For this occasion, Homma selected photographs of mushrooms and the forests where he found them within contaminated zones of the Fukushima and Chernobyl nuclear disasters. Homma intermingled images of radioactive mushrooms with others from the forests in Stony Point, New York where avant-garde music composer John Cage became enamored of mushrooms and was forever changed by the study of Mycology. The series, which began in Fukushima six months after the accident, are chronicled in Homma’s monographs mushrooms from the forest (blind gallery, Tokyo, 2011) and Symphony—Mushrooms from the Forest (Case Publishing, Tokyo, 2019).
Homma’s mushroom images, which are produced onsite in the forests in “nature study style” show the specimen against white paper and are treated much like portraits. Mushrooms are the fruiting body expressions of fungi, existing as more than 1.5 million species with unique characteristics. The bulk of a mushroom’s fungi lay underground, spreading as mycelium threads to achieve elaborate networks of passageways across spectacular expanse. The communication which occurs through this network often draws comparison to our internet. Cage’s expanded concept of sound, as pertains to the mushrooms and his life the forest, most certainly takes into account the fullness of the Mushroom Kingdom, much of which is invisible and underfoot. Homma makes this visible with his inclusion of the root-systems, strains of mycelium and host soil.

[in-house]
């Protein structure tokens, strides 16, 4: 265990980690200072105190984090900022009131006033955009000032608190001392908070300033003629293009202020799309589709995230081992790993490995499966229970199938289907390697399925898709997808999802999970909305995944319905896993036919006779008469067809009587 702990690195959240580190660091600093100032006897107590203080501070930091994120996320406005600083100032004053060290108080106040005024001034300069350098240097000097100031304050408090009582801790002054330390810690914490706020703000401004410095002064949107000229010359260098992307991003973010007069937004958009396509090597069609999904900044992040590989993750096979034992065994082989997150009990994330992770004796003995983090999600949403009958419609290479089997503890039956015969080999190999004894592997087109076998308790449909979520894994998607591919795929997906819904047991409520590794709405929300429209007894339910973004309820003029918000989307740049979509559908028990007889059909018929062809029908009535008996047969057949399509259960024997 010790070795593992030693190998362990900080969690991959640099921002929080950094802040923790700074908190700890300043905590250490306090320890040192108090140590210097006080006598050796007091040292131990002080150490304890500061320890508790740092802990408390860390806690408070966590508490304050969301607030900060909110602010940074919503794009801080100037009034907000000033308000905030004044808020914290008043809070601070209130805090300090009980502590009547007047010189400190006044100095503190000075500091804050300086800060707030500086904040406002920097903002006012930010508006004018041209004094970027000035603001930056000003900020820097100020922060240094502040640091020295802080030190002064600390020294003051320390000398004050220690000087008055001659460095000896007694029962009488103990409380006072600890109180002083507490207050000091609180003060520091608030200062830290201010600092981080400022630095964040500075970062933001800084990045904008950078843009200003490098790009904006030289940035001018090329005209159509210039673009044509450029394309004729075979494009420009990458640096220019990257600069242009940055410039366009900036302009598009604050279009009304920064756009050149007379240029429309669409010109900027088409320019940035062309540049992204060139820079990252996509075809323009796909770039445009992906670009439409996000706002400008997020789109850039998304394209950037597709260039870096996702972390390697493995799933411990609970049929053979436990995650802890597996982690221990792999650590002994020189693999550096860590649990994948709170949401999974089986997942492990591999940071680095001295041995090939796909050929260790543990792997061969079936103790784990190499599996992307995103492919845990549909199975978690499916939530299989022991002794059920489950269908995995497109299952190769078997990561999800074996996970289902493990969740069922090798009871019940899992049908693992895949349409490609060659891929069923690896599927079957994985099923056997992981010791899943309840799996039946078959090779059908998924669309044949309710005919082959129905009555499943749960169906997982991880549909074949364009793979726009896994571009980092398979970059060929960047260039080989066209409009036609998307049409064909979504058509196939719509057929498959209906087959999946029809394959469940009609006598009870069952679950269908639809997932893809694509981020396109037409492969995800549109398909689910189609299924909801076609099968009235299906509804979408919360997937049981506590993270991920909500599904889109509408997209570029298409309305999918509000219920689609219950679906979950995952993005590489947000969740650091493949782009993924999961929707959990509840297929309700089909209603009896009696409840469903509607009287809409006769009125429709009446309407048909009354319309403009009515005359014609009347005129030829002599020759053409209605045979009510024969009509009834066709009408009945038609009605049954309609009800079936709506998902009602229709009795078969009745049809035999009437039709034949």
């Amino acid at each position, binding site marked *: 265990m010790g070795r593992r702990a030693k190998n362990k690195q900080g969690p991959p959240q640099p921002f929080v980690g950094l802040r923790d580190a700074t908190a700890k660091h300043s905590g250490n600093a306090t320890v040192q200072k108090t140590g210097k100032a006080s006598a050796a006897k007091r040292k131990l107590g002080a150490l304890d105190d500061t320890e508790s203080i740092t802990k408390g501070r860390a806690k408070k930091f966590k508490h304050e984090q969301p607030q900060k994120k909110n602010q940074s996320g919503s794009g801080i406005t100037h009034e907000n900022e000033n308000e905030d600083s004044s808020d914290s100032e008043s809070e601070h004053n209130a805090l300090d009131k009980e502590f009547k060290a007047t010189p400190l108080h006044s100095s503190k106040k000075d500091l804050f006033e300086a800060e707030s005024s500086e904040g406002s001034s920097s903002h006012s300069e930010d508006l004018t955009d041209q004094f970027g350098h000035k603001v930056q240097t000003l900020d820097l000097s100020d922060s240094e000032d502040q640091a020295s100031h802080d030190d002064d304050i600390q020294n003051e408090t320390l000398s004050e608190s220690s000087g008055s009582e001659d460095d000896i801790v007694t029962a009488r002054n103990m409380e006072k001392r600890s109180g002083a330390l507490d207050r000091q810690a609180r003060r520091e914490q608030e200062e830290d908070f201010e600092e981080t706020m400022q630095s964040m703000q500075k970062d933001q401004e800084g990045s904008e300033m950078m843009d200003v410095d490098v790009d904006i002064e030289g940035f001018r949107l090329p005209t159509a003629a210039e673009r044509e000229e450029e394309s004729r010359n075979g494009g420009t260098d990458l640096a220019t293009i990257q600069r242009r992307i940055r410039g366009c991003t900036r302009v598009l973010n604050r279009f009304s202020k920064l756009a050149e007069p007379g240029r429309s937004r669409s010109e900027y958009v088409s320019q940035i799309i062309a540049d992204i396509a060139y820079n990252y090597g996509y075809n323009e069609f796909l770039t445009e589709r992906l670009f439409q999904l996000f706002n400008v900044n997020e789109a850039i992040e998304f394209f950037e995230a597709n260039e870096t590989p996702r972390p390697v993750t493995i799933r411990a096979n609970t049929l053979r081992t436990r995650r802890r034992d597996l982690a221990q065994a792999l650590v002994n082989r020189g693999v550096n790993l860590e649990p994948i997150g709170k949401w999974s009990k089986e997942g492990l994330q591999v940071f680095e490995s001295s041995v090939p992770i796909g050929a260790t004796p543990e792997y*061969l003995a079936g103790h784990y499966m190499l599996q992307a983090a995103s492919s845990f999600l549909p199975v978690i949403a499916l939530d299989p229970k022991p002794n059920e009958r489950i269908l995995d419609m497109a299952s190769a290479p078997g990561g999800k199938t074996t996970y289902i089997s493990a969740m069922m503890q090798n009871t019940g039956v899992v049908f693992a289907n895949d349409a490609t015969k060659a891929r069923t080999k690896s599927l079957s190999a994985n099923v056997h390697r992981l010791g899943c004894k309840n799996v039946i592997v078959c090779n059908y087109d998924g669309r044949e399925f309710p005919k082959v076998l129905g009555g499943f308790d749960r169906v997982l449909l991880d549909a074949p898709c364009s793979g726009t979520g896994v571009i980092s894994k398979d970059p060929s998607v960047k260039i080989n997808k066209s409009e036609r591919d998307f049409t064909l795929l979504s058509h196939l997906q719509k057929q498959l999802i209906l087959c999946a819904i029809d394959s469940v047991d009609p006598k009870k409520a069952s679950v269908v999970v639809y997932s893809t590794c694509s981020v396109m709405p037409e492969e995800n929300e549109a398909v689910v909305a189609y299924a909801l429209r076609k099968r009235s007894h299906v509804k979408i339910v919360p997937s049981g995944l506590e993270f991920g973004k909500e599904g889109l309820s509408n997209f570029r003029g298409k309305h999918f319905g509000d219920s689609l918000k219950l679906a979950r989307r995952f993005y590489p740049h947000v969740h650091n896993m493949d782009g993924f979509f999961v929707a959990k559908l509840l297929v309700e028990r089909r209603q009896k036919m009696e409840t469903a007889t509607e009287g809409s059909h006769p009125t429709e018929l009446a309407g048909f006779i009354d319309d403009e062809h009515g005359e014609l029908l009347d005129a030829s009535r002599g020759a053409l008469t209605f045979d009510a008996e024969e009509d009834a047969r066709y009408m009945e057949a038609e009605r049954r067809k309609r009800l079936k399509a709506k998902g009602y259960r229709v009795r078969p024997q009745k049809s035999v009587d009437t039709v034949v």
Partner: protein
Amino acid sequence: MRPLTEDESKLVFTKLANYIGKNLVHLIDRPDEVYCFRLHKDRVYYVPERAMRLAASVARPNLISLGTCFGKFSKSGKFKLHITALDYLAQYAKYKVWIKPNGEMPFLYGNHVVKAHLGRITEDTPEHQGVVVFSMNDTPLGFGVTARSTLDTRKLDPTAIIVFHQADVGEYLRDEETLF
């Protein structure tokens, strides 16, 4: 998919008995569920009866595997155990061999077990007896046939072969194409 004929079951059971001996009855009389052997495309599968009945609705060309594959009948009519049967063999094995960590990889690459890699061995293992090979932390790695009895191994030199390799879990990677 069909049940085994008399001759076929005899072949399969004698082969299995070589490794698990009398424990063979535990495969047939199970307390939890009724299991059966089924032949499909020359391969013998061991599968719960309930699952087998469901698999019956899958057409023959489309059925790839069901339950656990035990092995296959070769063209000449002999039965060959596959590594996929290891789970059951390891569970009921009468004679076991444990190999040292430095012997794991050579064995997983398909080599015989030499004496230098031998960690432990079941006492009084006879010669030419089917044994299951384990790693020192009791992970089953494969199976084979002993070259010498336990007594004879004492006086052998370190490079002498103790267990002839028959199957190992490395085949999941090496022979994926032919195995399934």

The mushroom, long associated with fear, death and decay, is seen by scientists more and more as an agent of rebirth, rejuvenation and regeneration. Considered to be our distant relatives from 650,000,000 years ago, mushrooms are now employed to clean oil-spills, cure cancer and aid in mental health, and pertinent to Homma’s series, may be useful in radioactive remediation.
Born in Tokyo in 1962, Takashi Homma began his professional career in 1984, working as an inhouse photographer for a Tokyo advertising agency. In the early 1990s, Homma worked in London as a photographer for i-D maga¬zine, world renowned for its keen and enduring eye on youth culture and the diversity of human expression, often captured in “street photography”. Homma returned to Japan and, in the following years, he photographed Japan as it really exists, chronicled in his 1998 artist book, Tokyo Suburbia (Korinsha Press, Tokyo), for which he was awarded the prestigious Kimura Ihei Commemorative Photography Award in 1999. A cursory review of the spectrum of photography from Japan might give the impression that two polar positions have dominated the nation’s photographic discourse: a perceived mandate to use the camera’s inherent capability to document objective truth versus a more expressive exploration of the photographic medium’s potential, Homma’s practice offers a middle ground, between a documentary and expression, a poetic view of our world as it is. Homma has produced an extraordinary range of photo books, an artform wherein he has achieved great distinction.